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Origin of ocean island basalts in the West African passive margin without mantle plume involvement


The generally accepted whole-mantle convection theory is supported by geochemical data on OIBs, which indicates that the source mantle contains various types of recycled materials that were transported through subduction or delamination processes. Time-progressive linear hotspot tracks aligned with plate motion and large igneous provinces where voluminous magmatism occurred within a few million years have been considered as evidence for the deep mantle plume hypothesis. On the other hand, geodynamical studies have proposed both plume and non-plume hypotheses for the initiation of OIB magmatism.

The OIB suites and their closely related continental volcanic regions, which are located western offshore and inland of the West Africa (the Madeira Islands, the Canary Islands, the Cape Verde Islands, Cameroon volcanic line [CVL], and Atlas mountains), denoted as West African passive margin intraplate basalts (WAPM-IB) in this study, generally comprise linear volcanic chains. Variations in elemental and isotopic compositions of basaltic rocks from WAPM-IB have been generally explained by the involvement of plume components, involving recycled crustal/lithosphere materials. However, the lack of a clear age progression within volcanic chains for the WAPM-IB is inconsistent with the formation of hotspot tracks by melting of stationary plumes. Thus it is important to evaluate whether the geochemical variations of magmas in the WAPM-IB can be explained without a plume component and instead by the non-plume hypothesis.


Here we report on major and trace element concentrations and high-precision Sr, Nd, Hf, and Pb isotopic data for 90 basaltic samples from five CVL volcanoes from oceanic and OCB regions: Annobòn, São Tomé, Principe, Bioko, and Etínde. We also make use of the high-precision isotopic data from Mt. Cameroon lavas previously analysed in our laboratory (N = 26). Then we examine the geochemical variation of the oceanic and OCB CVL to determine whether it can be explained solely by the lithospheric and asthenospheric mantle components that are present beneath the CVL without considering any Cenozoic plume materials. Finally, the non-plume hypothesis for the origin of WAPM-IB is discussed in the context of the geochemical variation of WAPM-IB.

Results & Discussions

The isotope systematics of the CVL samples studied here can be explained by a mixture of the three refertilized SCLM components (Group 1 kimberlite-source mantle, Mesozoic E-DMM-derived melt, and pyroxenite) and the DMM. Thus no external Cenozoic plume component was necessary for the genesis of CVL magmas.

The major sources of the Canary Islands, Atlas Mountains, continental CVL, and most of the Cape Verde Islands could be the same four identified components as those of the CVL data studied. Exceptionally, the data from the Madeira Islands show distinct compositions from the range of the CVL.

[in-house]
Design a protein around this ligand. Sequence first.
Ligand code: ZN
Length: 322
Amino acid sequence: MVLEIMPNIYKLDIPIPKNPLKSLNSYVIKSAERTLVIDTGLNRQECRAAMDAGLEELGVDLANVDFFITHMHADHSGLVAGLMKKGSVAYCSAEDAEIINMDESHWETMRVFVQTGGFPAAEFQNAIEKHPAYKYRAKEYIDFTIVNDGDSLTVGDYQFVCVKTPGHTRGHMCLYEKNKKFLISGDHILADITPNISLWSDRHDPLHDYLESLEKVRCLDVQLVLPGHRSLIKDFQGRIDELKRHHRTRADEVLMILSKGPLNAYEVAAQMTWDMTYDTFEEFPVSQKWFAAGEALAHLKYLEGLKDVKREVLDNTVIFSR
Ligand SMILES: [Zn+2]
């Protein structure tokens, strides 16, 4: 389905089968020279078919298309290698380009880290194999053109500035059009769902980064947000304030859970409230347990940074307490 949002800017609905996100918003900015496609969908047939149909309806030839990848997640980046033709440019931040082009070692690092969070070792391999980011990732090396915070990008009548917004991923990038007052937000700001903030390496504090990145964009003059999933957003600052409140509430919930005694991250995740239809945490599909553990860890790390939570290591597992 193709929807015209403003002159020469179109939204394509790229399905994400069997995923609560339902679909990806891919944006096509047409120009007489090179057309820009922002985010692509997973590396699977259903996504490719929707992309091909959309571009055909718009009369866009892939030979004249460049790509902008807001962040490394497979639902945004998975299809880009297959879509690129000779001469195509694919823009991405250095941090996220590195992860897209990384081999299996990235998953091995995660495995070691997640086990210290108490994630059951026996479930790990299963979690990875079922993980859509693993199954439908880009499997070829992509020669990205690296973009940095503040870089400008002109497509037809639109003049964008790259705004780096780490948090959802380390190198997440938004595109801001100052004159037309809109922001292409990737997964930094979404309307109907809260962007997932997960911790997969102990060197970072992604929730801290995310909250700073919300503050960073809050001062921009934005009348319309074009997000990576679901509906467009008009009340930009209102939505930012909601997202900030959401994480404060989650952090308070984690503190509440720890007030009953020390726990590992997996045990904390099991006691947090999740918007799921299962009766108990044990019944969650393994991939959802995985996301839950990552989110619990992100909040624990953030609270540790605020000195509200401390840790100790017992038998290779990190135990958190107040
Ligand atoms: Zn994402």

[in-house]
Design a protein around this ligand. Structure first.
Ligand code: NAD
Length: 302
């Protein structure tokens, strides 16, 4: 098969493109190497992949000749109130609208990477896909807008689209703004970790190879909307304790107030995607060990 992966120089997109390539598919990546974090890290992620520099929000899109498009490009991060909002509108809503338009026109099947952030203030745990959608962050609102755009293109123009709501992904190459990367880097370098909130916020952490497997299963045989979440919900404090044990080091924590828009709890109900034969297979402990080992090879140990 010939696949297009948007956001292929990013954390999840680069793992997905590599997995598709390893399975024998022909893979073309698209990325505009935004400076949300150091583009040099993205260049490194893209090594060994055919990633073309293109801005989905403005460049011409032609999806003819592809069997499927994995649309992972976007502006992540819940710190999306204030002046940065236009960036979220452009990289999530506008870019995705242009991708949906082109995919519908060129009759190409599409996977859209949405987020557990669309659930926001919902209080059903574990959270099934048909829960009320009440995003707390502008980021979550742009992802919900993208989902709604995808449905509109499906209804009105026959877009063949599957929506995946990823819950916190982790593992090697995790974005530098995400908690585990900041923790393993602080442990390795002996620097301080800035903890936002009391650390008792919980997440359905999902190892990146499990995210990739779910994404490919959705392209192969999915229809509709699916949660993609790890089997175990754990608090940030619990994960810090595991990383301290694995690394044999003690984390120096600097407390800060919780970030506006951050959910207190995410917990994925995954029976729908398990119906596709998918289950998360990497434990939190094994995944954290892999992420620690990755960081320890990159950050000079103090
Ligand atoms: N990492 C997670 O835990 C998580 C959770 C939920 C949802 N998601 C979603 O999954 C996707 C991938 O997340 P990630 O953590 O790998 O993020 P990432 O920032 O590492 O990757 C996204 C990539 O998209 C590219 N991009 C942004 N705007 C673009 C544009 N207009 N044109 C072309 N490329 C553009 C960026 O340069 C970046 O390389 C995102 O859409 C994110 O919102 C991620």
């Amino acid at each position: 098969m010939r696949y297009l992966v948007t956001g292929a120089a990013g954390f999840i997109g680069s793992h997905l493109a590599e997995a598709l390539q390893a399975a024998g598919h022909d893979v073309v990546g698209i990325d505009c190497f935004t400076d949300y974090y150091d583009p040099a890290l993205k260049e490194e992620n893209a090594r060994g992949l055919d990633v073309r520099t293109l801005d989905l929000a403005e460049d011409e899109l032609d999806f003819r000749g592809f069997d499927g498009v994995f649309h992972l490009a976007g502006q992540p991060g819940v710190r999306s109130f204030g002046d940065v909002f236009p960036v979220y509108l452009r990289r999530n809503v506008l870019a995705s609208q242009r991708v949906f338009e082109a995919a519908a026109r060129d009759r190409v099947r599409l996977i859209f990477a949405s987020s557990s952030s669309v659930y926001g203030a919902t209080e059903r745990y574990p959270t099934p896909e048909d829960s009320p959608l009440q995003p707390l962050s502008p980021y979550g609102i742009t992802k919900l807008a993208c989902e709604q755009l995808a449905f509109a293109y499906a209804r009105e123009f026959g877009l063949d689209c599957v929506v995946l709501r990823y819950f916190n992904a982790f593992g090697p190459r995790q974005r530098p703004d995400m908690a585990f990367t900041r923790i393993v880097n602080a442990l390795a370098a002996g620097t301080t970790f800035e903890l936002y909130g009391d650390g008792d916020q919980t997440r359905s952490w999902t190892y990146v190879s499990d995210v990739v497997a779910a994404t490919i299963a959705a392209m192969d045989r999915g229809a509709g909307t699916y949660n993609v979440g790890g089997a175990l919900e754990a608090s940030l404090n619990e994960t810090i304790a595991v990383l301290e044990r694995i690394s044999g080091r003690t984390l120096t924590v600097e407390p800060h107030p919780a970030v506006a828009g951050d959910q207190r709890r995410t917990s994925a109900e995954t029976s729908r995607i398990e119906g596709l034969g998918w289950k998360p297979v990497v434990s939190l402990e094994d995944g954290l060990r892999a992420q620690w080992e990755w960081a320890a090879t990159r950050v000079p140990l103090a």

Figure 1: The reconstructed Mesozoic rift zone of the African and South American continents and Atlantic Ocean and the locations of the West African passive margin intraplate basalts (WAPM-IB). The locations for the WAPM-IB (red) are illustrated with the current distance from the coastline of the African continent (thick black line). The rift zones are at 185 Ma and 120–115 Ma are shown in grey regions.

Our results infer that the geochemical characteristics of WAPM-IBs is strongly related to the location of the rift axis during the Mesozoic continental breakup and the distribution of the SCLM beneath the Atlantic Ocean. We constructed a map of the African–South American continents and the rift axis during the Jurassic to Cretaceous periods, using data from previous studies (Fig. 1). The map shows that the current position of the Canary Islands, southern area of the Atlas Mountains, southern Cape Verde islands, and the CVL in relation to the coast line of the African continent were located on or near the Mesozoic rift axis. The location of the Mesozoic rift axis in the Atlantic Ocean should roughly mirror the current position of continent–oceanic boundary. Beneath such a past rift zone, it is likely that the edge of cratonic SCLM, thinned lithospheric mantle, or underplated lower SCLM present.

The generation of refertilized SCLM-derived magmas can be triggered by low-amplitude thermal or compositional anomalies of the sub-lithospheric asthenospheric mantle (Fig. 2). Sub-lithospheric small-scale convection (SSC) is the most likely dynamical process of the upper mantle that can initiate melting processes. SSC causes asthenosphere of a normal temperature to rise in places of thin lithosphere and sink in zones of thick lithosphere such as beneath the CVL. The upwelled SSC erodes the lithospheric mantle, which is replaced by asthenospheric mantle.

Figure 2: Schematic cross-sections illustrating the source materials and the associated melting process of Cameroon volcanic line magmas. a) During the initial stage of Mesozoic, continental breakup based on the depth-dependent extension model. b) Present. Several tens of million years after the initial rifting, the small-scale convection (SSC) could be developed beneath the step of sub continental lithospheric mantle.


We conclude that, from a geochemical, geophysical, and geodynamical point of view, genesis of WAPM-IB is strongly controlled by the former location of the Mesozoic rift axis, and a plume rising from the lower mantle is not necessary for the generation of the magmas in these regions.